An intrauterine device (IUD) is an effective and convenient birth control method that many women rely on to prevent pregnancy. This small T-shaped device is inserted into the uterus and may contain copper or hormones to stop unwanted pregnancies from occurring. They can provide protection for many years if they are inserted and cared for properly. However, for the best IUD insertion aftercare experience, it is essential to understand how your device works and how to care for your body following the insertion.
How Do IUDs Function?
IUDs work by changing the way that sperm cells move and stopping them from reaching an egg. Some IUDs are made of copper, which has the effect of deterring sperm, while others contain hormones that work to prevent pregnancy in similar ways to other forms of hormonal birth control. Your IUD will have plastic strings tied to the end that hang down through the cervix and into your vagina.
Your IUD is inserted into your uterus in a procedure that can take place at any time, as long as you are not pregnant and do not have a pelvic infection. It takes just a few minutes, and although it may be slightly painful, the pain should not last for long. You may consider asking someone to drive you to your insertion appointment, and plan to have some time to relax afterward as your body adjusts to the device.
IUD Insertion Aftercare At Home
After the procedure, you may experience light bleeding and mild cramping. This can last for a variable amount of time but typically gradually improves over the first few days to weeks.. This is completely normal and not cause for alarm.
Managing Pain And Discomfort
Doctors recommend using a heating pad or hot water bottle to ease discomfort during this time.
If you need help managing the pain, you can use over-the-counter pain medications such as ibuprofen, naproxen, or acetaminophen, being sure to follow the dosing instructions on the label. It is not advisable to take more than one type of pain medication at the same time.
Checking Your IUD<
The strings that hang down from your IUD can be used to provide reassurance that it is placed correctly. Your doctor may have shown you how to do this during your insertion appointment. It involves inserting a finger into your vagina and finding your cervix, which sits at the top and feels harder than the surrounding area.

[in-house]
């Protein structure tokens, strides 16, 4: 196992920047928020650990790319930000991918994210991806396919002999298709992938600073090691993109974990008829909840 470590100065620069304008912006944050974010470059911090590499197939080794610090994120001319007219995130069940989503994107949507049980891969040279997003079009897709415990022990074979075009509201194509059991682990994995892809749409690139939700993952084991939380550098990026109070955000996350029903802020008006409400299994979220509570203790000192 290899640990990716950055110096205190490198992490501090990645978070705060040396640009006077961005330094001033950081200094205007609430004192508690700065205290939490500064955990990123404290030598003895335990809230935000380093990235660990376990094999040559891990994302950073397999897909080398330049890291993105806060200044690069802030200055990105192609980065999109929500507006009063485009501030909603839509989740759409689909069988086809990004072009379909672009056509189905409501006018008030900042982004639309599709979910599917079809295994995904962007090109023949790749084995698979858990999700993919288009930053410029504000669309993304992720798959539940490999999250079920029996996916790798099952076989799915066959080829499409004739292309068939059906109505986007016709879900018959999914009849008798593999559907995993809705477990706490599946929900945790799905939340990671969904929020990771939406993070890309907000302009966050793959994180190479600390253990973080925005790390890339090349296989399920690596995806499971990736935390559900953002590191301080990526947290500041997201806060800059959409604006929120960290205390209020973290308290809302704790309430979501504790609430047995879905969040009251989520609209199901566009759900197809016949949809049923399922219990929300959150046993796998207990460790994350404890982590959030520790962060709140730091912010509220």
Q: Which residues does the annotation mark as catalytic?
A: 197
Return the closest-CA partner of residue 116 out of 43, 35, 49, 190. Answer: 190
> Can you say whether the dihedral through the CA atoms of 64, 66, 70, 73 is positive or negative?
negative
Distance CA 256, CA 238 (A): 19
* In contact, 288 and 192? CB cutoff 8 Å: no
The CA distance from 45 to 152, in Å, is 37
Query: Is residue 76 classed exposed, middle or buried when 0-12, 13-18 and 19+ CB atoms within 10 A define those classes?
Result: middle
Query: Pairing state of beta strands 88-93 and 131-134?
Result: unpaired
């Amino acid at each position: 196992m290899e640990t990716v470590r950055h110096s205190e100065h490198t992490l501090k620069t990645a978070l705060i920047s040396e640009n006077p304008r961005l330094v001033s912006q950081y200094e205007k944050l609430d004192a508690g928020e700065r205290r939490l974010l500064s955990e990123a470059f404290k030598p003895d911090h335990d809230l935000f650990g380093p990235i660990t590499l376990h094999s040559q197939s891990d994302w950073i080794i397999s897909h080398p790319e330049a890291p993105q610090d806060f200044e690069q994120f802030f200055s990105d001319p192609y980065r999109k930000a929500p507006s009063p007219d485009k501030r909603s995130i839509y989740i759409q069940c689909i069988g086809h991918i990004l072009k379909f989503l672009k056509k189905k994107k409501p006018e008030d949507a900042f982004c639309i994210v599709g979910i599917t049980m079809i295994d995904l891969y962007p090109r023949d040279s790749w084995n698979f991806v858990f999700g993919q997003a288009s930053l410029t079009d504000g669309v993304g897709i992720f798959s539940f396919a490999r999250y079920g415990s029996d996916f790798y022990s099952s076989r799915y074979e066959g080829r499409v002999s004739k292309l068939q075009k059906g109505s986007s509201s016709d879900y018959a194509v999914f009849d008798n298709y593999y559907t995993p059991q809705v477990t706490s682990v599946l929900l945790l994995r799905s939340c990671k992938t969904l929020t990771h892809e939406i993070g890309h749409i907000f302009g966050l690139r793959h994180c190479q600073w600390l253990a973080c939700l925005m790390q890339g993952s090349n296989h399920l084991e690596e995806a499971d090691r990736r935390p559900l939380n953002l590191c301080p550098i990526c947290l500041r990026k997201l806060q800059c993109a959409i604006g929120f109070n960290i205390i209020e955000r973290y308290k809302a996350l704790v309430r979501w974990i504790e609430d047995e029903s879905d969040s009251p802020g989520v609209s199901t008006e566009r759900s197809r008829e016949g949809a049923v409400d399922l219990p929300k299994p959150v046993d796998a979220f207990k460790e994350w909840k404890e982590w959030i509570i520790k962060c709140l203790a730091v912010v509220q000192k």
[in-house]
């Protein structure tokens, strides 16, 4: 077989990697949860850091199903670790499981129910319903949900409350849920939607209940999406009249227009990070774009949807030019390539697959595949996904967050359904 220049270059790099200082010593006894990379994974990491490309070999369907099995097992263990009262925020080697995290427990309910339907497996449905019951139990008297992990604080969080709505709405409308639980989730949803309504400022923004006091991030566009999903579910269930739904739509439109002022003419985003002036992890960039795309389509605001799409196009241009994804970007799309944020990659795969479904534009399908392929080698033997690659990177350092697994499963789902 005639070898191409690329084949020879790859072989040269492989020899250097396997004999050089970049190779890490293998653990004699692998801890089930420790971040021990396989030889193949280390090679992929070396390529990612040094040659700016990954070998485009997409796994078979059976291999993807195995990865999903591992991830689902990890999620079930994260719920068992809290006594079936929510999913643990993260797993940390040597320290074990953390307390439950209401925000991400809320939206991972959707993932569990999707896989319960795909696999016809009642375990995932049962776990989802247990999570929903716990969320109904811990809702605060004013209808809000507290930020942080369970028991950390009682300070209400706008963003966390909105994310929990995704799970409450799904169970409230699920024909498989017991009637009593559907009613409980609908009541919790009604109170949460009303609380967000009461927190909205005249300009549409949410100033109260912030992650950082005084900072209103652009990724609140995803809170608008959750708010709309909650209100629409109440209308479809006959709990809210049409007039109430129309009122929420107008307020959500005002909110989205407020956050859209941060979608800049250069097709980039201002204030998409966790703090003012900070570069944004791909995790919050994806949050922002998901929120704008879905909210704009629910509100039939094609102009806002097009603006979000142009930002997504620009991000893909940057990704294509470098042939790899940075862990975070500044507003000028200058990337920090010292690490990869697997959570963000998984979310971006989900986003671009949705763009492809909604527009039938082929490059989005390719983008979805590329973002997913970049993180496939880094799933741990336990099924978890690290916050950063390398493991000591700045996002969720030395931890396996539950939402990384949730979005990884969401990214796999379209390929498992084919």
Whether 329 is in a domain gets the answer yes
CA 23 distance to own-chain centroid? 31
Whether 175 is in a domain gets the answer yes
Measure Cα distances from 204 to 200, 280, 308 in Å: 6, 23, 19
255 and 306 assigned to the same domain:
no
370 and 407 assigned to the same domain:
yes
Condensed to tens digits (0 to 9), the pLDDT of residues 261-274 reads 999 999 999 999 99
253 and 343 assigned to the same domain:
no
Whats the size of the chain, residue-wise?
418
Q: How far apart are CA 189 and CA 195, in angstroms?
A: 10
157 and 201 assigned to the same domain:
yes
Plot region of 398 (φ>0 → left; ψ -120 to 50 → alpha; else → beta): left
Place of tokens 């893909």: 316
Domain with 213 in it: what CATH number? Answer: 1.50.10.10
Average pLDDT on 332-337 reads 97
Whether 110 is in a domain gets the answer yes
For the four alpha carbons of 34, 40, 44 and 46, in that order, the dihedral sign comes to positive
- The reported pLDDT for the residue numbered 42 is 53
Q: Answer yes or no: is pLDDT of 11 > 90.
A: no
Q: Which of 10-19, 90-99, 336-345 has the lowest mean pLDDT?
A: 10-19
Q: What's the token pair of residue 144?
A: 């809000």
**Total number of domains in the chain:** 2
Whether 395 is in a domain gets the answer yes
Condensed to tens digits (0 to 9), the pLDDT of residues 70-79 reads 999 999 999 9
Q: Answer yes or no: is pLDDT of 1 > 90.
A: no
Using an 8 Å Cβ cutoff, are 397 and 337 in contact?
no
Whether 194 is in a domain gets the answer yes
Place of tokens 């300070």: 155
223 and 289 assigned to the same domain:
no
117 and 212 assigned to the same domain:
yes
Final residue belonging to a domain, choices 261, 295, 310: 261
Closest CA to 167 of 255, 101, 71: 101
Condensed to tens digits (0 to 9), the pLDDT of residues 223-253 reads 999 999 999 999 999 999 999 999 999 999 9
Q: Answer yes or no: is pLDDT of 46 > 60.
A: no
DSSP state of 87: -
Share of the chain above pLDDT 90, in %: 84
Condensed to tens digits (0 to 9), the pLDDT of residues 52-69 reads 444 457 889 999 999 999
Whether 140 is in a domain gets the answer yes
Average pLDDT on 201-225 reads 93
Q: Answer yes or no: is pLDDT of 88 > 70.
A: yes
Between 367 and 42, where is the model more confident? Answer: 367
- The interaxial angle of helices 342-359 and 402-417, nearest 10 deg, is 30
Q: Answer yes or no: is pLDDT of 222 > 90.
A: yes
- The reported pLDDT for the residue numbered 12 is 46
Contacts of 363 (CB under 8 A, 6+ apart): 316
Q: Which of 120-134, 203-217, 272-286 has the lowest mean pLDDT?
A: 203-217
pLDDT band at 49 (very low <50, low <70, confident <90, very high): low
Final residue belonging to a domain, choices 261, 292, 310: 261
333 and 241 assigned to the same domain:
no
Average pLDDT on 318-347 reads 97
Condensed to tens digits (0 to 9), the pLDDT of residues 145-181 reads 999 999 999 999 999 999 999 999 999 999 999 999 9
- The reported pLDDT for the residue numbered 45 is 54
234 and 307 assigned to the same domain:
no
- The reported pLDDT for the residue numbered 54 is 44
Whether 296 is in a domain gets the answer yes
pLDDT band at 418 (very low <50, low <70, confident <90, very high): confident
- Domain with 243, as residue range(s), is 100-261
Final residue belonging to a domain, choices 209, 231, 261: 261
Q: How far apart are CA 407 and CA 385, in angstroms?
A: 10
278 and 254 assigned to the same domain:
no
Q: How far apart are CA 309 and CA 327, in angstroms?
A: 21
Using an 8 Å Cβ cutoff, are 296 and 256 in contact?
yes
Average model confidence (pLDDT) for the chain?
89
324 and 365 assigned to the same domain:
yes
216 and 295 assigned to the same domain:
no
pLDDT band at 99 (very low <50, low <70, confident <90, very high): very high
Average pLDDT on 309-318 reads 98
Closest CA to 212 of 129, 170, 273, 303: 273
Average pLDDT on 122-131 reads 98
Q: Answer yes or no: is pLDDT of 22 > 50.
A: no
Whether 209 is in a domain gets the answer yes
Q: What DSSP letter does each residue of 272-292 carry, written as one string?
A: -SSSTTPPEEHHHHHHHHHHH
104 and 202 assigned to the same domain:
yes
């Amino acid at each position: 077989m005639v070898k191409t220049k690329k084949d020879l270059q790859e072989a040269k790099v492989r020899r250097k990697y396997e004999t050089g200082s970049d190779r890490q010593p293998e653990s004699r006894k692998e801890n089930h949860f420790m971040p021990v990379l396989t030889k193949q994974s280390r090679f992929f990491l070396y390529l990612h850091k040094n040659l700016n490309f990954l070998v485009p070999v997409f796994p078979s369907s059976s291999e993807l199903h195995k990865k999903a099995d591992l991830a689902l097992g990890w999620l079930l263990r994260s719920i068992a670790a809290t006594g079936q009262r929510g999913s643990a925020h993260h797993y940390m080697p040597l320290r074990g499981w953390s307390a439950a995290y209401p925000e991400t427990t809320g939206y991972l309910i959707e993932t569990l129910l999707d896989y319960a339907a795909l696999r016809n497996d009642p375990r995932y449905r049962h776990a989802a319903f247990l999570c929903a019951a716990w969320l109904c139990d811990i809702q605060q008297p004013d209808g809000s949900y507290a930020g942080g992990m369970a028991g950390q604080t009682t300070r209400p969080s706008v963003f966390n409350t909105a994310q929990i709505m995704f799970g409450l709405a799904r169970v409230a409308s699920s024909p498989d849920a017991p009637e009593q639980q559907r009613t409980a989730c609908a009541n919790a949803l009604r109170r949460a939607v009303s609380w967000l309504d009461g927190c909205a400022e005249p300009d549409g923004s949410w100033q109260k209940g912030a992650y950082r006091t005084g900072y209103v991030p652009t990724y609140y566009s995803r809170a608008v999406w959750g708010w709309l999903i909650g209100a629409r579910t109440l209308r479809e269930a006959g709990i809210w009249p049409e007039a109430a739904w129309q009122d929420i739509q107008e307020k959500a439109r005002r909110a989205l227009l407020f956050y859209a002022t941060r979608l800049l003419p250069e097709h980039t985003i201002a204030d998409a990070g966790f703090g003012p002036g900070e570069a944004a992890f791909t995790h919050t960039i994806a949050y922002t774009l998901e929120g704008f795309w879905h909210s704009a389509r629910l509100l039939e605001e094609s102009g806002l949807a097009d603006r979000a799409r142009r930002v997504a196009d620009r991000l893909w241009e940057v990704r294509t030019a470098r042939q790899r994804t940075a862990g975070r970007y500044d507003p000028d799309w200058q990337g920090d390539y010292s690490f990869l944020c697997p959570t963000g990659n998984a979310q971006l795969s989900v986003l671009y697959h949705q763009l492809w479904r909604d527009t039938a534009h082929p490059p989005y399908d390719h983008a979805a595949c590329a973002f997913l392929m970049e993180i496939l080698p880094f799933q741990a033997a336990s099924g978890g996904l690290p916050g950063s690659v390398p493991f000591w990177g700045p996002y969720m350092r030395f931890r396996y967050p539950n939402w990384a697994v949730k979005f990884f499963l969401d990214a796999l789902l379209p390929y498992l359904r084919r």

You should be able to feel thin plastic strings coming out of the opening of the cervix. If not, it is essential to use another type of birth control until you can see your doctor to have the IUD checked. Although your IUD is unlikely to slip out of place if it was inserted correctly, you should continue to check for the strings regularly.
If your IUD falls out, save it and call your doctor. You will not be protected from unwanted pregnancy until it is replaced. It is a good idea to check your pads, tampons, or menstrual cup each month to ensure it has not fallen out during menstruation.
Protect Yourself From Sexually Transmitted Infections
Although IUDs are a highly effective form of birth control, they do not offer any protection against sexually transmitted infections (STI). Therefore, you should use a latex condom when you are having sex with a partner if you are unsure about their STI status.
When Should You Seek Medical Attention?
In the days after getting a new IUD, light bleeding, spotting, and cramping are normal. It is also possible that your first few menstrual cycles may be different; your bleeding could be heavier or lighter than usual depending on the type of IUD you have had inserted.
However, there are some cases where it is best to contact your doctor and await further instruction.
For example, if you have severe bleeding, which means soaking through a pad every hour for two or more hours, it could be a sign of an infection and requires immediate care. If your bleeding is accompanied by a foul odor, be sure to mention this to your doctor as well.
If you experience new pelvic pain or your pain is getting progressively worse and has exceeded the pain levels felt during insertion, you should call your doctor.
You should also seek care if you have a fever accompanied by vaginal discharge and/or pelvic pain or if you feel dizzy or lightheaded.
If you experience any sort of emergency, it is best to call 911. For example, if you pass out or experience a sudden and severe pain in your pelvic area, seek help immediately.
Reach Out To The Women’s Healthcare Team For More Info On IUD Insertion Aftercare
If you have any questions or concerns about IUDs, reach out today to Raleigh Gynecology & Wellness. Our team of women’s healthcare professionals can advise you on all matters related to birth control and IUD insertion aftercare.